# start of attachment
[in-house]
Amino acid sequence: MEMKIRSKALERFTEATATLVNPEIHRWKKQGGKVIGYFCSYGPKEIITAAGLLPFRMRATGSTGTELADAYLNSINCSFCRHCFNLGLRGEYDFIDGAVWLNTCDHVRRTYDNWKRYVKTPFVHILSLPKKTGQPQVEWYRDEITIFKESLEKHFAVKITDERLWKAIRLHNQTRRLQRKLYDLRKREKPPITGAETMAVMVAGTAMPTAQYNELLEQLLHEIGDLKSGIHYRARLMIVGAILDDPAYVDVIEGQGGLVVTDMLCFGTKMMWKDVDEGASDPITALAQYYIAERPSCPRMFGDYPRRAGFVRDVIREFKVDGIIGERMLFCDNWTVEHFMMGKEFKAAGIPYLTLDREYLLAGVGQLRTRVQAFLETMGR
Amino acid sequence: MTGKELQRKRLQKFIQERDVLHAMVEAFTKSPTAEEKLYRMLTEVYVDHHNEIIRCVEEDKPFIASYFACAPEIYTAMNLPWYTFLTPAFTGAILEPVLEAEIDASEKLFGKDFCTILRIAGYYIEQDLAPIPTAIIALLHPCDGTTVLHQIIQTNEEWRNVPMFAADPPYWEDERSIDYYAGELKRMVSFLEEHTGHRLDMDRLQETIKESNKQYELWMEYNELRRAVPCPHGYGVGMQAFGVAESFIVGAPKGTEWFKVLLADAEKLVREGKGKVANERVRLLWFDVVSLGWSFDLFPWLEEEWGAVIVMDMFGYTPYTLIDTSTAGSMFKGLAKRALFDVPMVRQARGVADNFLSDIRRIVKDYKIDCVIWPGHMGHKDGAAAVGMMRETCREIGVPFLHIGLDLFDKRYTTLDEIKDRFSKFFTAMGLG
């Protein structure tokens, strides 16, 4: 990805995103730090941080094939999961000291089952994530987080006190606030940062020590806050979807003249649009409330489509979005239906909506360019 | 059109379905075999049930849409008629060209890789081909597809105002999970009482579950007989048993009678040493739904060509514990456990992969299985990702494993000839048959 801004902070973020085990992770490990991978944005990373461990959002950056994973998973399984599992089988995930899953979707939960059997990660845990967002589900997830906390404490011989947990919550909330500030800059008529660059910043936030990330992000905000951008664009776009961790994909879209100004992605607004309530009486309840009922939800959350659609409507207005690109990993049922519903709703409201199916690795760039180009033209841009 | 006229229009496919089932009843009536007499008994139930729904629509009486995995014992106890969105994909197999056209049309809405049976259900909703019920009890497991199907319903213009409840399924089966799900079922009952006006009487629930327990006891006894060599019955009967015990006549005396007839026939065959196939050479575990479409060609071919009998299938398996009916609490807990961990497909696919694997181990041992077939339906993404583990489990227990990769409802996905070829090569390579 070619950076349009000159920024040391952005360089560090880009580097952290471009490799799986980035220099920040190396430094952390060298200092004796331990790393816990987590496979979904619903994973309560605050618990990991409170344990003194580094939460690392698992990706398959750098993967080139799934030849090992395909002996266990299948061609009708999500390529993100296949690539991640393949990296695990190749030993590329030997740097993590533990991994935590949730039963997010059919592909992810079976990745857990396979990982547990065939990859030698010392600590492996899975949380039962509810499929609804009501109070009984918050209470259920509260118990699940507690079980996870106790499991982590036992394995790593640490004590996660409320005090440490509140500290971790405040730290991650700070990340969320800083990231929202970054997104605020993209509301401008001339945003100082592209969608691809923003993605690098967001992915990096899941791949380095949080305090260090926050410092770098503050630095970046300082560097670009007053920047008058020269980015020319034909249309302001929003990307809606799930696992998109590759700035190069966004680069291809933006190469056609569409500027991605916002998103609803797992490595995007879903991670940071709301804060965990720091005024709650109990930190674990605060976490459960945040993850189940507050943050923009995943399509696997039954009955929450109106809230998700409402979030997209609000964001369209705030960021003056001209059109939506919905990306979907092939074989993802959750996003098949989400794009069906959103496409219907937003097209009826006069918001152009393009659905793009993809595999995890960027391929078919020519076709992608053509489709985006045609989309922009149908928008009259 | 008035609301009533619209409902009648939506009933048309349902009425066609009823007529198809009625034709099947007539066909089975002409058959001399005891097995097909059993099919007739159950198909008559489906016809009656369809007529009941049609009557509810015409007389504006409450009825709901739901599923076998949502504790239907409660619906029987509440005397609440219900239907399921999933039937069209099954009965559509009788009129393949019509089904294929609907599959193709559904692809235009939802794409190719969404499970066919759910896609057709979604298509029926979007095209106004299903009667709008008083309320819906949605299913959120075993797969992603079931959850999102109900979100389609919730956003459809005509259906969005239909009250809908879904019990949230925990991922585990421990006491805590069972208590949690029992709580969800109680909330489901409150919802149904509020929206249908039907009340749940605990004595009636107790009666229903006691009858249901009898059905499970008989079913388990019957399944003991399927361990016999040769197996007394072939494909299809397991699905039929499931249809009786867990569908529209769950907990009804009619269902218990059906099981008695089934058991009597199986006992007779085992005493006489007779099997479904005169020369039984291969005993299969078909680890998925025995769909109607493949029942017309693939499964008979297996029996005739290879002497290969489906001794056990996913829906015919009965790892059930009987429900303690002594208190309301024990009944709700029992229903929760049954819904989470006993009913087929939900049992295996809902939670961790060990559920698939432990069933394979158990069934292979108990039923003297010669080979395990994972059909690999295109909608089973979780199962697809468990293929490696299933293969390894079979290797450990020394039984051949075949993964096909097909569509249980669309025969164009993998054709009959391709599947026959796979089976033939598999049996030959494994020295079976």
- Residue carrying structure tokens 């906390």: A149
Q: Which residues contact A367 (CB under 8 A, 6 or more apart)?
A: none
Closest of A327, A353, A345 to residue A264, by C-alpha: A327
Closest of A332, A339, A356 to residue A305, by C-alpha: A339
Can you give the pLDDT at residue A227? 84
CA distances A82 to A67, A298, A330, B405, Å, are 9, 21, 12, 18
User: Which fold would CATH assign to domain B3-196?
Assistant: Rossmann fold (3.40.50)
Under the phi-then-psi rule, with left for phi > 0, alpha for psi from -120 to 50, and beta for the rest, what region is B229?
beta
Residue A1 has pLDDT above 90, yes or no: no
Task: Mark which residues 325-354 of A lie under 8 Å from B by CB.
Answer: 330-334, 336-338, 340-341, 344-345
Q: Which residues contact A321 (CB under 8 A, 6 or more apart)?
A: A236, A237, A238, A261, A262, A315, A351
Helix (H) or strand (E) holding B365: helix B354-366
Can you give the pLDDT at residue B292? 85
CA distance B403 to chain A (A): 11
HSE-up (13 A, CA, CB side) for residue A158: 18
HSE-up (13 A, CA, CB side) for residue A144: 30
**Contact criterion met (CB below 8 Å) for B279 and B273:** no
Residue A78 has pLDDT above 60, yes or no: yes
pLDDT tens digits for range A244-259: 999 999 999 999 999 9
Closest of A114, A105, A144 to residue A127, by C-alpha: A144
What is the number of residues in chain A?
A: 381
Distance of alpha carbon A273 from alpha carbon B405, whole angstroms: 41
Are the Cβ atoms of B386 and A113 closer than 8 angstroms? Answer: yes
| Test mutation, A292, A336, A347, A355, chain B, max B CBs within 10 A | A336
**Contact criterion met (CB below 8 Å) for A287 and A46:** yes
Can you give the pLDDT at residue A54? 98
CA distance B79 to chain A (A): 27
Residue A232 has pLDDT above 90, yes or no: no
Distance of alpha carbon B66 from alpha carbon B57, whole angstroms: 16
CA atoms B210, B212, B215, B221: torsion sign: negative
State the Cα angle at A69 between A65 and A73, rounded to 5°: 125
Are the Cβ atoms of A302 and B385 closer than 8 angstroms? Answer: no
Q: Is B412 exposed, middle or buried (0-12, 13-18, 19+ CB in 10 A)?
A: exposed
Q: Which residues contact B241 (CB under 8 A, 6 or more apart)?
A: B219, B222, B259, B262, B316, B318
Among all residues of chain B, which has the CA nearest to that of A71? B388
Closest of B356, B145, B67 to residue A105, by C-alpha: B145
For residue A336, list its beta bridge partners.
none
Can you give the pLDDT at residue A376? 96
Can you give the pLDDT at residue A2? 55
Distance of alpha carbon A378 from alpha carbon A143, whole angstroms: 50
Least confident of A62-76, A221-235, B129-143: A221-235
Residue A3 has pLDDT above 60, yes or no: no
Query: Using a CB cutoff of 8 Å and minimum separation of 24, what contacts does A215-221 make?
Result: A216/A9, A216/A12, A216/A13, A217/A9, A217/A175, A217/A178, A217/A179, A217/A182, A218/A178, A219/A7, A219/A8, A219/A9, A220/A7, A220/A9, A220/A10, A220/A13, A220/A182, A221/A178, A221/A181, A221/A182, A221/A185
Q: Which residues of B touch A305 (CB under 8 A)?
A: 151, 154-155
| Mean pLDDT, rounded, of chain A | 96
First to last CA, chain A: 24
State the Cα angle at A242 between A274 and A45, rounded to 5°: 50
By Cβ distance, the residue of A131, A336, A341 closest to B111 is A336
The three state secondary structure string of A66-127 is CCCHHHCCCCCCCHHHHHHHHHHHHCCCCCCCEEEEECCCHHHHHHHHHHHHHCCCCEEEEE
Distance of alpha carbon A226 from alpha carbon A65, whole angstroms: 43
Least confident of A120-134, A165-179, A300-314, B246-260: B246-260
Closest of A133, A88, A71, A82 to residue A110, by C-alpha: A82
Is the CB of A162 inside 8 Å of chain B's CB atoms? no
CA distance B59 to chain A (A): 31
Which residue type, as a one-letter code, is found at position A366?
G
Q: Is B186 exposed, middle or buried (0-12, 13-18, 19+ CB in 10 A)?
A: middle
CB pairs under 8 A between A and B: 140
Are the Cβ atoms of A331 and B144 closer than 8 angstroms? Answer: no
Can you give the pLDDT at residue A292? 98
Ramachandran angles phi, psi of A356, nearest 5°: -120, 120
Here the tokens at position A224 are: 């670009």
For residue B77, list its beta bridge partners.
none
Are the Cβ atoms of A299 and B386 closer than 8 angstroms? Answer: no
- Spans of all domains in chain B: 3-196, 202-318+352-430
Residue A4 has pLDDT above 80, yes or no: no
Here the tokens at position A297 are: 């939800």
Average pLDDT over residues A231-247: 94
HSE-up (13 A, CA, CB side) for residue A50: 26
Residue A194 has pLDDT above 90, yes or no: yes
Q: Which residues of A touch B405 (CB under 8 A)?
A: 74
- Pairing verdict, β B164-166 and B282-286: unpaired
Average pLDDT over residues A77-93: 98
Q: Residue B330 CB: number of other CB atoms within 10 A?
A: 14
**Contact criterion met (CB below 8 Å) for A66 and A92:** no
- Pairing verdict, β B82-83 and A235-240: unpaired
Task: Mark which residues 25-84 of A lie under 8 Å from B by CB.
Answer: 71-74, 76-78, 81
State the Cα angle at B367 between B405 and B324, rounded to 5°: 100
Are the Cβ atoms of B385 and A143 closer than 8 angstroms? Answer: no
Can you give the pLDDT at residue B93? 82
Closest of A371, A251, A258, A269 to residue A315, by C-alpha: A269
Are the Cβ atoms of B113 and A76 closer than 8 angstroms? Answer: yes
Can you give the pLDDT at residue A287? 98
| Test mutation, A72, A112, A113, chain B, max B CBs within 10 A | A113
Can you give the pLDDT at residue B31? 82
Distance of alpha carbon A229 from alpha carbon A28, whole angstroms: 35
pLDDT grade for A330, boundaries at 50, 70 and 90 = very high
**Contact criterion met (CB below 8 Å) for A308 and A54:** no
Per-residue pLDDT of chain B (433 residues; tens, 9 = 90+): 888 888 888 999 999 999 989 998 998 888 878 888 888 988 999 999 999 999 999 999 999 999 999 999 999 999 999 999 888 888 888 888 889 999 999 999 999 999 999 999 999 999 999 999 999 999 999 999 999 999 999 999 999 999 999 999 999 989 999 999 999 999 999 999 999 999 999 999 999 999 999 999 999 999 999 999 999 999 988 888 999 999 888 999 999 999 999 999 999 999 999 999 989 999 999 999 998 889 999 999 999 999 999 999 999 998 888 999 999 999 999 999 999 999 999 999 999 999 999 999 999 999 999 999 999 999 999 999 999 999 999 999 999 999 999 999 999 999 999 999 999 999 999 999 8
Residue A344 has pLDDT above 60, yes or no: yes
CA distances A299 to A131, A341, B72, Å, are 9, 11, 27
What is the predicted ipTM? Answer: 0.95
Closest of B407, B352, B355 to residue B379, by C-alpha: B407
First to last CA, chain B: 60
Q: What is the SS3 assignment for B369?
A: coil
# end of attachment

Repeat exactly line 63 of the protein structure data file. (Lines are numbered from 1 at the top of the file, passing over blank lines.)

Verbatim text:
By Cβ distance, the residue of A131, A336, A341 closest to B111 is A336